Market Garden - Why No Sappers

Discussion in 'Military History and Militaria' started by meridian, Sep 13, 2009.

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  1. meridian

    meridian LE Good Egg (charities)

    Bit of revisionist history chat

    Wondering if anyone can answer me a question.

    Market Garden was all about bridges but why didnt the Royal Engineers provide bridging as the main body pushed forward.

    No heroics, no disaster.

    We knew about assault bridging and Percy Hobart had proven armoured combat engineering with the 79th Division all the way from Normandy so why weren't they combined in the push North
     
  2. Probably the same unimaginative thinking that led to them being dropped 8 miles from Arnhem bridge, for example.

    ....and why didn't they use the tactics/troops employed at Pegasus bridge?
     
  3. I was under the impression the tasks were to seize the bridges quickly in order to reach their objectives on the other side before the Germans could put in a concerted counterstrike. P1ssing around putting bridges up would have sort of defeated the object of a lightening strike.

    I could be wrong!
     
  4. You may find this of interest:

    http://www.remuseum.org.uk/campaign/rem_campaign_market-garden.htm
     
  5. because, if memory serves, the troops employed on pegasus bridge were kept in the field for the next four months til after the breakout from normandy, slowly being whittled down until there were less than 40% left. when arnhem came around they had just been pulled out and sent back to reform.
     
  6. Did a Bailey bridge not get thrown up near the start in the 101st AOR :?


    The Wilhelmina Canal at Zon had a bridge constructed in 10 hours.
     
  7. meridian

    meridian LE Good Egg (charities)

    I realise that speed was the essence of the operation but wonder if a more incremental approach might have achieved better results. We had the kit and specifically the 79th Armd Div had proved the concept of armoured combat engineering but was strangley absent from the orbat for Market Garden
     
  8. They did, in at least one case. Royal Engineers built a Bailey bridge over the Wilhemina canal at Son when the original one was blown by the Germans before the 101st Airborne Div could capture it. But building a bridge takes time, and not everywhere is a suitable site for one.

    In my opinion there were bigger problems than the bridges. One was the narrowness of the salient up which XXX Corps was advancing, which made it extremely vulnerable to German counter-attacks. The other was the unexpected speed at which the Germans brought in reinforcements into the battle area.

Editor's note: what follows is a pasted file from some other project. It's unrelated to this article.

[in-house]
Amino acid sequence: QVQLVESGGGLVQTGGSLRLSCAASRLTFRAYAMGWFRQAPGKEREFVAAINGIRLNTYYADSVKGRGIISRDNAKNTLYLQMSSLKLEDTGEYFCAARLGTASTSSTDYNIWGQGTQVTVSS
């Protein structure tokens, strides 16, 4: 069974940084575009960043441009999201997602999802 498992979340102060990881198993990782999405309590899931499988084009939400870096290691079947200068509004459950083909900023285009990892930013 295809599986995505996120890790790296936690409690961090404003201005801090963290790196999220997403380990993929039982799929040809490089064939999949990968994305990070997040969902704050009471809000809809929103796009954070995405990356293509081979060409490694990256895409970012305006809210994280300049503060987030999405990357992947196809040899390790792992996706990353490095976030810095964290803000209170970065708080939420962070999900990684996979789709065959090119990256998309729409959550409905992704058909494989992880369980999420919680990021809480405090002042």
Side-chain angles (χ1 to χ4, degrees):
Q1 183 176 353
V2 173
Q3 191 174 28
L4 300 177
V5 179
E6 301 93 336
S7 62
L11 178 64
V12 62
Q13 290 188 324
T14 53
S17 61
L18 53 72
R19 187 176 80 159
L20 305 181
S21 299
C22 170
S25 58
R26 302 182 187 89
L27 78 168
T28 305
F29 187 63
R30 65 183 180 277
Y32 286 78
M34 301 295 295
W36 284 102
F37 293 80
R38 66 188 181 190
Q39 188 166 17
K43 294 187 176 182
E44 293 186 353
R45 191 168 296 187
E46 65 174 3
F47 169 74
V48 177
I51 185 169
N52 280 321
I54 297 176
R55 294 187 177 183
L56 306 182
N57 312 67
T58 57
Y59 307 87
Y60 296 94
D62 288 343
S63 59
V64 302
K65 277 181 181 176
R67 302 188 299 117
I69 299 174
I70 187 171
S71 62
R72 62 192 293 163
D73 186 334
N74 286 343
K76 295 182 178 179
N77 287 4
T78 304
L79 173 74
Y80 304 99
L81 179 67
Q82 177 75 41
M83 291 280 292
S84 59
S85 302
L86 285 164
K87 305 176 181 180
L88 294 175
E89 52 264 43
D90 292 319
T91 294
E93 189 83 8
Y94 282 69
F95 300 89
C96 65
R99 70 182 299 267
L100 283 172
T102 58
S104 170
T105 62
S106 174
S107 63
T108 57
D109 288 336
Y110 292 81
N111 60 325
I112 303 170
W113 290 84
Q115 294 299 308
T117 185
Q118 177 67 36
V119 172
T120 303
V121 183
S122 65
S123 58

9. they could have still used the tactics though (in relation to Arnhem Bridge) . Can't remember where I read it - it might have been Ambroses 'Pegasus Bridge' , but I'm sure Major Howard expressed the same sentiment when talking about Arnhem.
     
  10. As TT has shown plans where in force to bridge all the major rivers & canals. The problem is, as already mentioned, is building these bridges whithout controling both sides of the river is next to impossible.

    The Secondary objective for 1st British Airborne Division was to form a bridgehead on the north side of the Rhine, if they could not capture either the road or rail bridge. Once it became apparent that the 1st Airborne could not reinforce Frost's 2nd Battalion at the Arnhem road bridge the remanents of 1 Para Brigade, 4 Para Brigade & 1 Airlanding Brigade formed such a bridgehead around Oosterbeek waiting for XXX Corps to bridge the Rhine.

    Of course they never did. It was decided not to 'reinforce a failure'.

    Also, don't forget that due to the blowing of the bridge at Son a Bailey bridge was built there by Royal Engineers.
     
  11. meridian

    meridian LE Good Egg (charities)

    I realise the RE was involved but what I was trying to get at is why Armoured Combat Engineering, gap crossing and obstacle breaching under armour was not employed.

    It was used in spades and according to a quote to Eisenhower was instrumental to the success of Overlord.

    My question is, why wasnt it adapted for the mission and used later on.
     
  12. Colonel George Chatterton, Commander Glider Pilots, suggested just that, a glider-borne coup de main on the Arnhem road bridge. His suggestion was turned down.

    Another good question is whether two lifts could have been flown in the first day. Some have suggested that with a take-off during the dark that it could have been. Would it have made a difference in the end?
     
  13. A Coup de main operation was mooted but rejected due to the high quality of German troops in the area. Greabner's 9th SS Recce Battalion was the most potent force in the Arnhem region - mobile and heavily armed.

    In any case, Major Howard's Coup de main force was only a Company strong. John Frost's heavily reinforced 2nd Battalion could only hold out for 3 days. It would have been suicide.
     
  14. First there probably wasn't time to adapt it. Second a lot of the places they needed to bridge were probably beyond the capability of an AVRE. Third a large part of 79th Armoured Div was busy with the reduction of the German-held channel ports.
     
  15. There were no bunkers or casemates to speak of at Market Garden. The only obstacles were fast flowing rivers and lots of nasty Germans.